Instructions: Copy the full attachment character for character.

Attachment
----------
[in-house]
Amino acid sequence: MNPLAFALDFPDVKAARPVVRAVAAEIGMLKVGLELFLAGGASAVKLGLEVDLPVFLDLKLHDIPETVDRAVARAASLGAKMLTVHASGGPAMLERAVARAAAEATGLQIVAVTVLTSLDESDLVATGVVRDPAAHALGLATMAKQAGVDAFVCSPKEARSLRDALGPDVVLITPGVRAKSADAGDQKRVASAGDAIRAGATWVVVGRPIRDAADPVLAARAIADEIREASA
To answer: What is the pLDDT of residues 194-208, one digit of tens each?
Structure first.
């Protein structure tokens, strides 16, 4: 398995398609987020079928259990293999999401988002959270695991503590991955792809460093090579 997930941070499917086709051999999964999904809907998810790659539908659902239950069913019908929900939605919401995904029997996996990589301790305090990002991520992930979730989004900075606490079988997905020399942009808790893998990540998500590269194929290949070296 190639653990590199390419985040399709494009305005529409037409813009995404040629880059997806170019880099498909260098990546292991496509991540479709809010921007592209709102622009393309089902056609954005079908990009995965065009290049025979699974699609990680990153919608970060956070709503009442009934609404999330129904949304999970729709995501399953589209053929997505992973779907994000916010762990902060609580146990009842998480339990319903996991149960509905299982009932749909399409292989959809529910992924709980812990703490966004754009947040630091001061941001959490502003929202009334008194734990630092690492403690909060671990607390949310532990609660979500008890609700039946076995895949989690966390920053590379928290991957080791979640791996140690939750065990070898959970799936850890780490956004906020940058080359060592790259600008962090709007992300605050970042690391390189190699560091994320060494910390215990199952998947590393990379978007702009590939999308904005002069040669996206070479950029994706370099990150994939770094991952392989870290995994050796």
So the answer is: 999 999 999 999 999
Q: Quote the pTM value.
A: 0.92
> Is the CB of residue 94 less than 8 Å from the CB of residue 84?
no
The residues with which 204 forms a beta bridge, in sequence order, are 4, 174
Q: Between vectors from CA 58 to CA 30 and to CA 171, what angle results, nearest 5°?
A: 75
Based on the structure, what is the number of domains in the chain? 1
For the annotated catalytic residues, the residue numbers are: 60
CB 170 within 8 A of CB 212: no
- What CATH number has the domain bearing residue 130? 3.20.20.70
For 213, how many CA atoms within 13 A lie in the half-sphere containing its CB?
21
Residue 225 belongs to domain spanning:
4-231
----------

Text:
[in-house]
Amino acid sequence: MNPLAFALDFPDVKAARPVVRAVAAEIGMLKVGLELFLAGGASAVKLGLEVDLPVFLDLKLHDIPETVDRAVARAASLGAKMLTVHASGGPAMLERAVARAAAEATGLQIVAVTVLTSLDESDLVATGVVRDPAAHALGLATMAKQAGVDAFVCSPKEARSLRDALGPDVVLITPGVRAKSADAGDQKRVASAGDAIRAGATWVVVGRPIRDAADPVLAARAIADEIREASA
To answer: What is the pLDDT of residues 194-208, one digit of tens each?
Structure first.
């Protein structure tokens, strides 16, 4: 398995398609987020079928259990293999999401988002959270695991503590991955792809460093090579 997930941070499917086709051999999964999904809907998810790659539908659902239950069913019908929900939605919401995904029997996996990589301790305090990002991520992930979730989004900075606490079988997905020399942009808790893998990540998500590269194929290949070296 190639653990590199390419985040399709494009305005529409037409813009995404040629880059997806170019880099498909260098990546292991496509991540479709809010921007592209709102622009393309089902056609954005079908990009995965065009290049025979699974699609990680990153919608970060956070709503009442009934609404999330129904949304999970729709995501399953589209053929997505992973779907994000916010762990902060609580146990009842998480339990319903996991149960509905299982009932749909399409292989959809529910992924709980812990703490966004754009947040630091001061941001959490502003929202009334008194734990630092690492403690909060671990607390949310532990609660979500008890609700039946076995895949989690966390920053590379928290991957080791979640791996140690939750065990070898959970799936850890780490956004906020940058080359060592790259600008962090709007992300605050970042690391390189190699560091994320060494910390215990199952998947590393990379978007702009590939999308904005002069040669996206070479950029994706370099990150994939770094991952392989870290995994050796």
So the answer is: 999 999 999 999 999
Q: Quote the pTM value.
A: 0.92
> Is the CB of residue 94 less than 8 Å from the CB of residue 84?
no
The residues with which 204 forms a beta bridge, in sequence order, are 4, 174
Q: Between vectors from CA 58 to CA 30 and to CA 171, what angle results, nearest 5°?
A: 75
Based on the structure, what is the number of domains in the chain? 1
For the annotated catalytic residues, the residue numbers are: 60
CB 170 within 8 A of CB 212: no
- What CATH number has the domain bearing residue 130? 3.20.20.70
For 213, how many CA atoms within 13 A lie in the half-sphere containing its CB?
21
Residue 225 belongs to domain spanning:
4-231